At the end of that chapter Paul says he will show them a more excellent way, and proceeds in 1 Corinthians 13 to discuss love as the enduring fruit of faith. Having stated that it is an absolute necessity for true Christian living (v.1-3), he shows how a person filled with love behaves (v.4-7).
A Side Question:
In v.8 Paul begins contrasting love to some spiritual gifts. The key premise is that love will never end, but the gifts will end. In v.9 he points out that prophecy and knowledge are in part, leading to v.10 saying that the perfect will do away with the partial.
One question I think needs to be addressed here before the central question. That is, "What is the purpose of prophecy, tongues, and knowledge?" As I read Dan, he sees them as being the means by which God inspired the writing of Scripture. I see the gifts more broadly than that. In Acts 21:10-11 Agabus is mentioned as one who prophesies Paul's arrest in Jerusalem. While that prophecy is recorded in Scripture, that prophecy itself is not Scripture. Likewise, in Acts 21:9 we are told that four of Phillip's daughters prophesied, but we are not even told what they prophesied.
Paul's point in v. 8-10 is that the knowledge of that time and, as I will hopefully show, even today is partial. However, when the perfect comes, that which is partial shall be done away. The same Greek verb that is used to say that knowledge and prophecy will "pass away" in v.8 is used to say that the partial will "pass away" in v.10. Also, as a note, a different Greek verb is used in describing the "ceasing" of tongues in v.8. Whether this is a substantive change on the part of Paul, or a style change on the part of Paul I will discuss briefly later.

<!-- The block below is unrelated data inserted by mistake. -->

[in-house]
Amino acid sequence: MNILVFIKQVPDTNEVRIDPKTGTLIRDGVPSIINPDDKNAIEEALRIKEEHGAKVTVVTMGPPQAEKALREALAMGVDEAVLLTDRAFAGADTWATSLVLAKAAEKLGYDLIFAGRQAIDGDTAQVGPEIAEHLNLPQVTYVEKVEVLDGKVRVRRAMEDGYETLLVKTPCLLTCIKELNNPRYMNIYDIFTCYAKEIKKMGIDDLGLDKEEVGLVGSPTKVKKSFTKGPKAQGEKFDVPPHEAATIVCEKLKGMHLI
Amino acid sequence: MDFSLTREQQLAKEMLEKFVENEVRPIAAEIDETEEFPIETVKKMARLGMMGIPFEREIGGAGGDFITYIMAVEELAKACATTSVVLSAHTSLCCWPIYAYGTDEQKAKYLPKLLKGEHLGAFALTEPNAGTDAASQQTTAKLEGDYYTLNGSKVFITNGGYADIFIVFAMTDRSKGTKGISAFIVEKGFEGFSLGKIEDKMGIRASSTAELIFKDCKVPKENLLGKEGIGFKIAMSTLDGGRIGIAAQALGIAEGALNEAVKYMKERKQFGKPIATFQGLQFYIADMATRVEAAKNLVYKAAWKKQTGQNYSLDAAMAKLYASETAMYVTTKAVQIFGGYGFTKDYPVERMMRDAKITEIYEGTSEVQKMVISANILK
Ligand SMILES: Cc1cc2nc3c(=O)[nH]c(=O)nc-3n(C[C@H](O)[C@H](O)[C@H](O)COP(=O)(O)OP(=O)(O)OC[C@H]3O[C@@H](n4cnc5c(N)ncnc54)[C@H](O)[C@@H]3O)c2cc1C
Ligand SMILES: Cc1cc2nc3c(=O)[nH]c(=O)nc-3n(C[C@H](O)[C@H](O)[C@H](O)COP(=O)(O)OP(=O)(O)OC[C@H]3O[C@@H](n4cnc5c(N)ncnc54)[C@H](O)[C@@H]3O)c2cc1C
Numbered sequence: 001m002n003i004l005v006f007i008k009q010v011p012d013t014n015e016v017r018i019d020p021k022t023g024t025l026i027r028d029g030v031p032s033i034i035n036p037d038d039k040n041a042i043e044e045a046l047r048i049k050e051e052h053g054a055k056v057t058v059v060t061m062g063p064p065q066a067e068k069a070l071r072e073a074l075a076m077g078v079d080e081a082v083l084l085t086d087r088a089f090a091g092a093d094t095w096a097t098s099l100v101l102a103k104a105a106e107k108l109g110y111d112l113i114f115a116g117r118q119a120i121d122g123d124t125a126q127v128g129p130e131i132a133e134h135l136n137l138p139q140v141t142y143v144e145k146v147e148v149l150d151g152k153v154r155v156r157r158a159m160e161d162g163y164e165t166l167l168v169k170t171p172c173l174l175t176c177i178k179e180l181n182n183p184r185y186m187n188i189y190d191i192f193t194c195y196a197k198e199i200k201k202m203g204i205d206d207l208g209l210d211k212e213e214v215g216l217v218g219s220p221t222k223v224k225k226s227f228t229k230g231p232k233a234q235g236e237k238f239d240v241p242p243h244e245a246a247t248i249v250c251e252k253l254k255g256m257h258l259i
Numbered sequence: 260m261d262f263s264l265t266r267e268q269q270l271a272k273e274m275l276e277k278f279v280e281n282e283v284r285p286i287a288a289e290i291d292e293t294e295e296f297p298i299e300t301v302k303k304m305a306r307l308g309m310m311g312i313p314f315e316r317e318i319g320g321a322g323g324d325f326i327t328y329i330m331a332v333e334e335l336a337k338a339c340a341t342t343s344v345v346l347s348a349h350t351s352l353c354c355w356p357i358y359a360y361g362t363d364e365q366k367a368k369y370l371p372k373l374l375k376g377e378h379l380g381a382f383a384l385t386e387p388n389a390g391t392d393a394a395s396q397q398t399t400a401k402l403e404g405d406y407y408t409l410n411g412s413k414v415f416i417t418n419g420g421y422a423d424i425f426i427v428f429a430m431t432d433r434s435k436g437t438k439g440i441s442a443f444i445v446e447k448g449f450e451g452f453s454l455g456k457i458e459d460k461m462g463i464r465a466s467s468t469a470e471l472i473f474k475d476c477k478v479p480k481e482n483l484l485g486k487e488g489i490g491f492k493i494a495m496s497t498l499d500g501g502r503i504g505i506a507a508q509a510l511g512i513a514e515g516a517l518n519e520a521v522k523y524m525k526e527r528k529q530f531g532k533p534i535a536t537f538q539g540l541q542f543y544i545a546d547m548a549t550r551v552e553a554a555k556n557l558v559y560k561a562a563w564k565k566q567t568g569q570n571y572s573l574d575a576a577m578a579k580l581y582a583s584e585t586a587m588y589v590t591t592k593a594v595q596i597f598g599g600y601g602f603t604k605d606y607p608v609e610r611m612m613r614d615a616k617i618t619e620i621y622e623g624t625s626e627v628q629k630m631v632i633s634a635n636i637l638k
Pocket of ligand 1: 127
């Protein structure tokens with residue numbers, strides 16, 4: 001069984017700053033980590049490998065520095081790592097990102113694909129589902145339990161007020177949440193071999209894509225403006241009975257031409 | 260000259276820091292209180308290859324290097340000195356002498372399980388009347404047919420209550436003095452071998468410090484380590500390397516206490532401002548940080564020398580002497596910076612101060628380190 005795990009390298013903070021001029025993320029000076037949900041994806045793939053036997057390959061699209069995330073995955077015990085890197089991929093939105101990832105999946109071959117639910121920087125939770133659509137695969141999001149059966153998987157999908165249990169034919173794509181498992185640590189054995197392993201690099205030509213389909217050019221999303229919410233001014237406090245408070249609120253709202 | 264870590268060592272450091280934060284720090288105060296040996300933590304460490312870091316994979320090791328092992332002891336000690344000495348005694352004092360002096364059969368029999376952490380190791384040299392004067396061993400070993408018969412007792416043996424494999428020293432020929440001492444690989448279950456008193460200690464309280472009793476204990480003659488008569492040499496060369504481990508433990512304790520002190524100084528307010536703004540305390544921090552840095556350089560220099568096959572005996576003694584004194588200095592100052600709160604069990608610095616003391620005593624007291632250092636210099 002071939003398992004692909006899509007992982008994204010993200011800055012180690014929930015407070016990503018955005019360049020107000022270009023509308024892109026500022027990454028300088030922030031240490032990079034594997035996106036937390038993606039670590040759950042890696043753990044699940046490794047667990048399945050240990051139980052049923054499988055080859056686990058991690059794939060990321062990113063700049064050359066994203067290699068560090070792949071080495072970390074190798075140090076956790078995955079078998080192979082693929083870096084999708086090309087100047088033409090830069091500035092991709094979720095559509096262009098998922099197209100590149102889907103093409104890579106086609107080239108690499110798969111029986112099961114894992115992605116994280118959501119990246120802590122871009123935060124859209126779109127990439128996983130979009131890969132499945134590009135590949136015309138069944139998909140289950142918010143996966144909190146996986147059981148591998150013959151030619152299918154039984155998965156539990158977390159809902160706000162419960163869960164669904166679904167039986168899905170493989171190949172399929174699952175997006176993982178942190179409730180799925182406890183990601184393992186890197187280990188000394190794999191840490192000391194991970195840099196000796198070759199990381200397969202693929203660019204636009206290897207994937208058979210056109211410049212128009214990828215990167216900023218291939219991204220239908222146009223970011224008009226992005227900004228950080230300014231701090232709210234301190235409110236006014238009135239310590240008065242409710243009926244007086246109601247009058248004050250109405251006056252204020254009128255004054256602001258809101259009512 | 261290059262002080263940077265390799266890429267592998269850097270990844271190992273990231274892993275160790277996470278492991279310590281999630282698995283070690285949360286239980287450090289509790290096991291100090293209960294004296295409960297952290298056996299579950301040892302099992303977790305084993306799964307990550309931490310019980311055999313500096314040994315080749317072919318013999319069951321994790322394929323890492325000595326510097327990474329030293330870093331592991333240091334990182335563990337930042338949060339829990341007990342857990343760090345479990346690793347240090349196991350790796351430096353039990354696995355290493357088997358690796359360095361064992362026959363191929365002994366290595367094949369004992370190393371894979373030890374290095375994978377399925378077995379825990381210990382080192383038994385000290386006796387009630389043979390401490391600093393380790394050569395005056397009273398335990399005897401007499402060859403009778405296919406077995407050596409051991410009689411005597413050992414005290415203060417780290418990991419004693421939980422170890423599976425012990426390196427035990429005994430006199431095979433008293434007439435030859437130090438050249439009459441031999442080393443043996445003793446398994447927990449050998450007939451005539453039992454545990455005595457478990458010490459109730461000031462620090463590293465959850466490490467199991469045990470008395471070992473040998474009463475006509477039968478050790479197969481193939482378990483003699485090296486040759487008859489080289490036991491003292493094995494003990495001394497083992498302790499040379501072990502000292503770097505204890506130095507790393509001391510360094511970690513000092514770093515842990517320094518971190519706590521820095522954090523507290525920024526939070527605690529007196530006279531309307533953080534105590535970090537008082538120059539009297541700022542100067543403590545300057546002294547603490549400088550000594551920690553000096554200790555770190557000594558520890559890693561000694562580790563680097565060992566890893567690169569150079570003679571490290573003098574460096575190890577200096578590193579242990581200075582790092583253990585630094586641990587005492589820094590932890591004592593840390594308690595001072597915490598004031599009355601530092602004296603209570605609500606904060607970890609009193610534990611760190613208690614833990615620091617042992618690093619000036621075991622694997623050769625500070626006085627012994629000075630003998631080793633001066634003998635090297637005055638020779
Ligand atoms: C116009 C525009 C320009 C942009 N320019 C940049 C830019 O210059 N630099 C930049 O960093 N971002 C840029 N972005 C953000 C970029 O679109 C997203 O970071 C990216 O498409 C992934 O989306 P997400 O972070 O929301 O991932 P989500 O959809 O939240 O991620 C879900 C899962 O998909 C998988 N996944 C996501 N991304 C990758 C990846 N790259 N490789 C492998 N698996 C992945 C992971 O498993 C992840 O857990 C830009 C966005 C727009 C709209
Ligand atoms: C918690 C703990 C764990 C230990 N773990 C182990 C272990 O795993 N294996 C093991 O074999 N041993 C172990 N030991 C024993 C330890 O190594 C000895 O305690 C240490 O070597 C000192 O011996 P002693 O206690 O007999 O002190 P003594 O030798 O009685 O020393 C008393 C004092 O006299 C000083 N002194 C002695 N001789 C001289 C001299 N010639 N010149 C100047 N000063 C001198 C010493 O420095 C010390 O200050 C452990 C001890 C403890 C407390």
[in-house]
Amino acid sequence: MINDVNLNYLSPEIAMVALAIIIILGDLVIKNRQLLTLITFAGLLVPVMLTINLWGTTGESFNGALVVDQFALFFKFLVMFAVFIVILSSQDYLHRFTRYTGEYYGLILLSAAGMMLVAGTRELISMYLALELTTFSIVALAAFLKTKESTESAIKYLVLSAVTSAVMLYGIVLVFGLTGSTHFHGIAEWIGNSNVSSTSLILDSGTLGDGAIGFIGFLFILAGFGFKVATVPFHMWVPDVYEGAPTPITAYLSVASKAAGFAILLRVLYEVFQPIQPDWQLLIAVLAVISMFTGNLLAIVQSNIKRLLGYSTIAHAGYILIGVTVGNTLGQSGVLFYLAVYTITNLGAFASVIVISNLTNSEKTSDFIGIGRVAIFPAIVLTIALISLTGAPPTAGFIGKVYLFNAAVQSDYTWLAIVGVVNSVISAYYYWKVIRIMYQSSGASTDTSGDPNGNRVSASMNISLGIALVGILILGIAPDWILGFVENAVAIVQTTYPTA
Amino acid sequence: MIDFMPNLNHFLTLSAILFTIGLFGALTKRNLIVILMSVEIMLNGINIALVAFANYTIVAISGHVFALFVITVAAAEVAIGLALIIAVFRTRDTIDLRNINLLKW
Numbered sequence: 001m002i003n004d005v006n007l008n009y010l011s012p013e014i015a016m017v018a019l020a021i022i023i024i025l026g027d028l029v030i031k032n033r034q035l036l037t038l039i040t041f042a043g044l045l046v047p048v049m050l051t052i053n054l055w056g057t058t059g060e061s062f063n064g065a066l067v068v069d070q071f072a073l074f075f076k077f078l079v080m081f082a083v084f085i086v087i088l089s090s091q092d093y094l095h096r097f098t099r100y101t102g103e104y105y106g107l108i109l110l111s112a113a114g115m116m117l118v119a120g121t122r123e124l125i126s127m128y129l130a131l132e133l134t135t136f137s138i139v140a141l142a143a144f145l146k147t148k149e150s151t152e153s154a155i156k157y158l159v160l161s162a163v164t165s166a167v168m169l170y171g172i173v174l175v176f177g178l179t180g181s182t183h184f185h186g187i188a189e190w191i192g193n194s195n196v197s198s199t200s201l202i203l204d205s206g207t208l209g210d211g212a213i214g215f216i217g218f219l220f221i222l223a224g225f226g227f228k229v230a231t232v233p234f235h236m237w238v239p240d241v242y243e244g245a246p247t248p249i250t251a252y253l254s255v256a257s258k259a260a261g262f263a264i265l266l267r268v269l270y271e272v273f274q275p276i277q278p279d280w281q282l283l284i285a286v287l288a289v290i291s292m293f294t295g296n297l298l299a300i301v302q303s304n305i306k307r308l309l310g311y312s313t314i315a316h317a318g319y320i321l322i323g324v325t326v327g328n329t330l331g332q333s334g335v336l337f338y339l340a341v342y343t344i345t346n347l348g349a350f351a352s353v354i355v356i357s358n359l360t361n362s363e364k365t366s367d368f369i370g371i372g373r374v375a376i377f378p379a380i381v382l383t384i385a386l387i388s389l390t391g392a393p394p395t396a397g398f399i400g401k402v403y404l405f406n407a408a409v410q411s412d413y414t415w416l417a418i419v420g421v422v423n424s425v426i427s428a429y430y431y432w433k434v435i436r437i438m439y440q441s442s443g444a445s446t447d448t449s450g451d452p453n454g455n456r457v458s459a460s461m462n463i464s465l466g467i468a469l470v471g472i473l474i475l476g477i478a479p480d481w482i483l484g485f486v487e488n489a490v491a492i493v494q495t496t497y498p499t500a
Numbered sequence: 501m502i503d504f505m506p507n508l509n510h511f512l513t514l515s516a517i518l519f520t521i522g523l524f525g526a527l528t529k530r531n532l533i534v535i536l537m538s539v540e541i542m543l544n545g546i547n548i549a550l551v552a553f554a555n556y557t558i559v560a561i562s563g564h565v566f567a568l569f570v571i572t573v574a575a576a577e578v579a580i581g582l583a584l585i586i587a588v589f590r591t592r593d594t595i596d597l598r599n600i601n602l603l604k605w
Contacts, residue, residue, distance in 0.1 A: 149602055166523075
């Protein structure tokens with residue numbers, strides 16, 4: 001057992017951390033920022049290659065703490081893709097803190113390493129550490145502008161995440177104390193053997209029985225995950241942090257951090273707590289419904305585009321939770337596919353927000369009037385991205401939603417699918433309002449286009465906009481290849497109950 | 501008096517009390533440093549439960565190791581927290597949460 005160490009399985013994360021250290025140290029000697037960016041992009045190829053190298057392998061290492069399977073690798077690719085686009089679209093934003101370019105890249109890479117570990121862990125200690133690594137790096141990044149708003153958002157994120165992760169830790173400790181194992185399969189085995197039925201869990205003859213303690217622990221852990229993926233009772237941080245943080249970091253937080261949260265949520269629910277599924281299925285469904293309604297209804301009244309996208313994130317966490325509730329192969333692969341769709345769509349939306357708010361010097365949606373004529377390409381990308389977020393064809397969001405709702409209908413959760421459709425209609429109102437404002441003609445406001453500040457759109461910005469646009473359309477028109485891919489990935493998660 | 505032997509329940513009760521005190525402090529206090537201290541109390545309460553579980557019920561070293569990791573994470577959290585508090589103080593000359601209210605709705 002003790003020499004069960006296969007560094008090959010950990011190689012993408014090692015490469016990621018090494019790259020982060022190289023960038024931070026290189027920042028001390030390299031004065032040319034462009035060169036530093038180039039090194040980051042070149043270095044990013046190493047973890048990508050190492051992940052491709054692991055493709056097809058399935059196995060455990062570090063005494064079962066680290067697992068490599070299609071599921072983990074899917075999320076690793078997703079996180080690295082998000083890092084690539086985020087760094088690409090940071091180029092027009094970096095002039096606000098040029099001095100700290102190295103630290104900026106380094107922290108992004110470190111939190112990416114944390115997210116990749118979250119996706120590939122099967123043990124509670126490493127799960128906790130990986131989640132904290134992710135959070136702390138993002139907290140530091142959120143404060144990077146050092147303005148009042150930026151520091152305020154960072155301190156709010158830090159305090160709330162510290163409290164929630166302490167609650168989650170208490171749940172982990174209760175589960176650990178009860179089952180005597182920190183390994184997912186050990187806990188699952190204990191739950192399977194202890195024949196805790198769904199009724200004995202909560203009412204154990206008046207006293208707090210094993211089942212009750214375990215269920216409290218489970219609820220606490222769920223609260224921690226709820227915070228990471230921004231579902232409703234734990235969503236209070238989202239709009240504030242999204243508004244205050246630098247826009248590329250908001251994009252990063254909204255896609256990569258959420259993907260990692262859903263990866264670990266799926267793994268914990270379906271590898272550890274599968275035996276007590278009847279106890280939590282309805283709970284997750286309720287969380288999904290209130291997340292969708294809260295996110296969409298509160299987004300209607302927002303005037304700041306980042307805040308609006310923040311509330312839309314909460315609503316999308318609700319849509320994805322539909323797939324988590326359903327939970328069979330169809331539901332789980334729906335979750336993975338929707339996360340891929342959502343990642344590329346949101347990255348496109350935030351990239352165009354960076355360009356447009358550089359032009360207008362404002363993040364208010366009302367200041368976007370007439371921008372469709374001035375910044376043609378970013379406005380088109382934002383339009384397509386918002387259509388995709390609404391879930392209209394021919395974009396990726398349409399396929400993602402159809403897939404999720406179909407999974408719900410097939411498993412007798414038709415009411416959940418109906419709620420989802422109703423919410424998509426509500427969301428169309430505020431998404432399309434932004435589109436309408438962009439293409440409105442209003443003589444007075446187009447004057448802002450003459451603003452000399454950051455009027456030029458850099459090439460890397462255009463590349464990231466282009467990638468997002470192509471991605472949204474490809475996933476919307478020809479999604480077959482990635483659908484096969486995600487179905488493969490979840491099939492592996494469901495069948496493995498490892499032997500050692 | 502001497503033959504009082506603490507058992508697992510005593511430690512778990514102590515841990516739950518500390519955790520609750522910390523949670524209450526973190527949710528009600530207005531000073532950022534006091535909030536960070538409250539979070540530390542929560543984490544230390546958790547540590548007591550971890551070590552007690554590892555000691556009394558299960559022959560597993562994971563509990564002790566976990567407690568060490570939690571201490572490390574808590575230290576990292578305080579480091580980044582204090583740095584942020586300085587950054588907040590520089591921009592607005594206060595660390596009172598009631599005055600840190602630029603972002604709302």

The Central Question Addressed:
Back to our central question, what is "the perfect"? Dan argues that it is the Canon. One potential problem verse for this view is Revelation 11:3, which reads, "And I will grant authority to my two witnesses, and they will prophesy for 1,260 days, clothed in sackcloth.” (ESV) When compared with 1 Corinthians 13:8-10, I see five options.
- Prophesy here is different than the prophesies mentioned in 1 Corinthians 13:8-10, which have ceased. This seems like a stretch to me, but I suppose some could argue the point.
- "Pass away" could be referring only to the church age, and allow for the return of the gifts as the next age dawns. This is an even bigger stretch than the first option.
- One could reject a futurist understanding of Revelation, and adopt a view that say Revelation 11:3 occurred before the Canon was complete. This is a little more plausible, but while I can see the a-millennial reading of Revelation, a Preterist approach does not seem consistent with the rest of Scripture.
- "The perfect" is the eternal state/Second Coming (if you hold a view other than pre-millennialism), and the gifts (at a minimum prophecy and knowledge) will be with us until the eternal state.
- "The perfect" is the Second Coming/millennium if you are a post-tribulational pre-millennialist, and the gifts (at a minimum prophecy and knowledge) will be with us until the millennium.